Kim Olivares on How to Make Better Teams

February 25, 2020 by Melissa Crowe

Kim Olivares on How to Make Better Teams

Photo credit: Paolo/Flickr

Good government doesn’t just happen by itself. It’s the people who make the difference.

That’s why the city government in Austin, Texas, is investing to build an organization where people are developed, talent is valued, and continuous learning and improvement is in everyone’s DNA.

Austin Chief Performance Officer Kim Olivares manages programs focused on empowering teams and individuals.

While Austin is data rich, Olivares’ mission is to make sure active and proactive data use was embraced across the board. On top of that, she is helping to develop a culture that not only values data, but also sees the humans in it.

“Bottom line, whatever I’m doing, I want to know I’m having a positive impact on local communities and that I’m helping facilitate availability and usability of tools to be more data-driven and more connected,” Olivares says. “I want to make sure that no one is left in the dark, and people have access to the information they need to make smart decisions and do great things.”

Olivares recently shared her perspective on performance management, team building, and city government in Tyler Technologies’ new series, Women in Data. This new series explores strategies and best practices from government leaders across the U.S.

She credits her team for creating opportunities that facilitate data adoption and, as a result, help the city create positive and more equitable outcomes. The team, recently fully staffed, includes a group of four focused on performance, a group of five focused on LEAN improvements, and one program consultant who joined from human resources and leads the culture change initiative.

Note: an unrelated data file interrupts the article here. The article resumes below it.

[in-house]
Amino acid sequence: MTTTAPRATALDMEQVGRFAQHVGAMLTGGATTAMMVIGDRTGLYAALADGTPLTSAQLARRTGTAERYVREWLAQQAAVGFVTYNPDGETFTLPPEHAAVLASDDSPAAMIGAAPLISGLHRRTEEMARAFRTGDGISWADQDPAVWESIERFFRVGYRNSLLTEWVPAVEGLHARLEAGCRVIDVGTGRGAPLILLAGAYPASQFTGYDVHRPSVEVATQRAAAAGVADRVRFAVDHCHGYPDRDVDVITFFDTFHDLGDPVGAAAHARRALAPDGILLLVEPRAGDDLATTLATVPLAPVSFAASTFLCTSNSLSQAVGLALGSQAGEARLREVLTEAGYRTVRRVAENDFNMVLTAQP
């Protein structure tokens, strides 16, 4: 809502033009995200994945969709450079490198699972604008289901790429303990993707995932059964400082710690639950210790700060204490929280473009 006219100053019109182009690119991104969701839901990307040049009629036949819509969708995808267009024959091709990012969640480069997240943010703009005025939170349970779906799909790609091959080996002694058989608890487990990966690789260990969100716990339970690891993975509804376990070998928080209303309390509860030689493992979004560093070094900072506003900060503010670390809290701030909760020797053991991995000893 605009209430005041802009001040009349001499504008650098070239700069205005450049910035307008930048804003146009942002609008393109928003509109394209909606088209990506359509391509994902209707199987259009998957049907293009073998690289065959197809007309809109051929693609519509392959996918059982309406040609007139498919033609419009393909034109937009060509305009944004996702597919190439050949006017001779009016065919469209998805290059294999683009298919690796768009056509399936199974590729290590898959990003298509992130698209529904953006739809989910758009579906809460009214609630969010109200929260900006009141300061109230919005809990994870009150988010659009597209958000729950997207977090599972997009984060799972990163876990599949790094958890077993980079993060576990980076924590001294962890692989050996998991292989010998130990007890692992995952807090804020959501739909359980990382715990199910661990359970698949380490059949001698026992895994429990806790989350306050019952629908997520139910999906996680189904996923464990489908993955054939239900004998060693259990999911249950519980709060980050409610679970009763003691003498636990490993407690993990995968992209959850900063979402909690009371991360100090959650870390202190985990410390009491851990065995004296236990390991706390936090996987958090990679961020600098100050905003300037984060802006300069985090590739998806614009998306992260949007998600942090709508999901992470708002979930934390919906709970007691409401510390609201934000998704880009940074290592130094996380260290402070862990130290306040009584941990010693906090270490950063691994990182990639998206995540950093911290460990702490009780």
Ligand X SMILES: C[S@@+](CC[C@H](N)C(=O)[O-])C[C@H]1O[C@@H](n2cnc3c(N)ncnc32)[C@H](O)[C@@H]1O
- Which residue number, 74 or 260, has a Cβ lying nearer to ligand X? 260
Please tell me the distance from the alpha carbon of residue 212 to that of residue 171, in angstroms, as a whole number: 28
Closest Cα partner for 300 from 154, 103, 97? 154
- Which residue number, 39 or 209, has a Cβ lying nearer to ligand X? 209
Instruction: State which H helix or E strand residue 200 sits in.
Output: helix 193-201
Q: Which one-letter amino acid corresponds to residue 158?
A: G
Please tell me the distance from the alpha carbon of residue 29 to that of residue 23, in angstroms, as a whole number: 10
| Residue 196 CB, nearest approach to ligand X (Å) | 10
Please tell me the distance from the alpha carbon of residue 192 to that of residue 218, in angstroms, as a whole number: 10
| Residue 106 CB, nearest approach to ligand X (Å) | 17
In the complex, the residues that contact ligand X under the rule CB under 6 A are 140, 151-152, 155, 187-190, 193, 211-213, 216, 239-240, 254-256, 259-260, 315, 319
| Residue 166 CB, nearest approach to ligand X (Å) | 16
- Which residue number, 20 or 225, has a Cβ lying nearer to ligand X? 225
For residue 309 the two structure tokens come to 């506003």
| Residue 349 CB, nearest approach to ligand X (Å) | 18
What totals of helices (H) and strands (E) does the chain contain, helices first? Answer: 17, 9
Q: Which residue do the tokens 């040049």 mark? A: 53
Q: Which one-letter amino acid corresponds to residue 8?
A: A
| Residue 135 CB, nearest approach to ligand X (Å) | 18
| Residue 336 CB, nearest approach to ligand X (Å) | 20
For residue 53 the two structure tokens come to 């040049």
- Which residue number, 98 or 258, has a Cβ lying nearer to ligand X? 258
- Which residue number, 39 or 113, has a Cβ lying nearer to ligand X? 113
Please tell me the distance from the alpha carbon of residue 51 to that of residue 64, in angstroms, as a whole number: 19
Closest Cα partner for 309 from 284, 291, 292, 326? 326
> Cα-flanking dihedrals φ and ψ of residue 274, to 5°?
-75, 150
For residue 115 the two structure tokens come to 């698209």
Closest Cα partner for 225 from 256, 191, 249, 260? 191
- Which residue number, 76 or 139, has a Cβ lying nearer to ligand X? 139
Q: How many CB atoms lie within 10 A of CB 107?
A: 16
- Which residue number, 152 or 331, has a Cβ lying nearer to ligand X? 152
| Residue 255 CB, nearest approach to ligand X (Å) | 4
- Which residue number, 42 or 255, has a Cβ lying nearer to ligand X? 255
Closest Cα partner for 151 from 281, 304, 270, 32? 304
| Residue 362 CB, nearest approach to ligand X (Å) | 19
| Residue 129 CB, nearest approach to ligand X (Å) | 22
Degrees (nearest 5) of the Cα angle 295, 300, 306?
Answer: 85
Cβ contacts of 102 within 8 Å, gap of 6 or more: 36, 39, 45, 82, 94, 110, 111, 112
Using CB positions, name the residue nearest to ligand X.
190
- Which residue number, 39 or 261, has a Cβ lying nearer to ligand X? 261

“I feel incredibly lucky to work with all of them and have all of them work throughout the organization to make a positive impact, and as a result, make a positive impact in the community,” Olivares says. “We’re staffed in a way that supports education to drive that continuous improvement culture.”

It’s all about empowerment — not only within the core performance team, but also Austin’s 15,000 city employees.

Olivares’ team is launching a series of manager summits for the more than 750 city employees with a manager as part of a larger change management effort around Austin’s strategic plan. The goal is to engage them in the strategic plan, share the value of performance management, dig into data, and give them the tools to empower their teams help the community.

“I preach to others the concept of empowering our employees, giving them the freedom to try and learn new things,” Olivares says. “If I’m going to preach that to other departments, I have to walk the talk. … My very first boss said to me, ‘You don’t work for me, you work with me.’ That has stayed with me all these years, and hopefully I’m creating that same opportunity.”

Austin’s performance program, and the culture around data, is focusing on outcomes, not inputs.

Back when the city launched its open data portal, powered by Socrata, in 2012, the portal was lauded for providing data downloads and APIs serving up datasets. Some of the most accessed datasets still include 311 calls, incident reports, and stray animals.

Olivares calls the open data site “the core of our being.” Today, the city is using Socrata Connected Government Cloud to bring more use-cases onto their data platform. In addition, Austin is expanding its Socrata use by building out the nearly 200 performance measures aligned with the Strategic Direction 2023, as well as launching two new finance apps, Open Budget and Open Expenditures.

“Our continued growth and use of data proves the value of the investment even more,” Olivares says. “We’re able to use these tools to drive advancement of strategic priorities across the organization and work toward our vision.”

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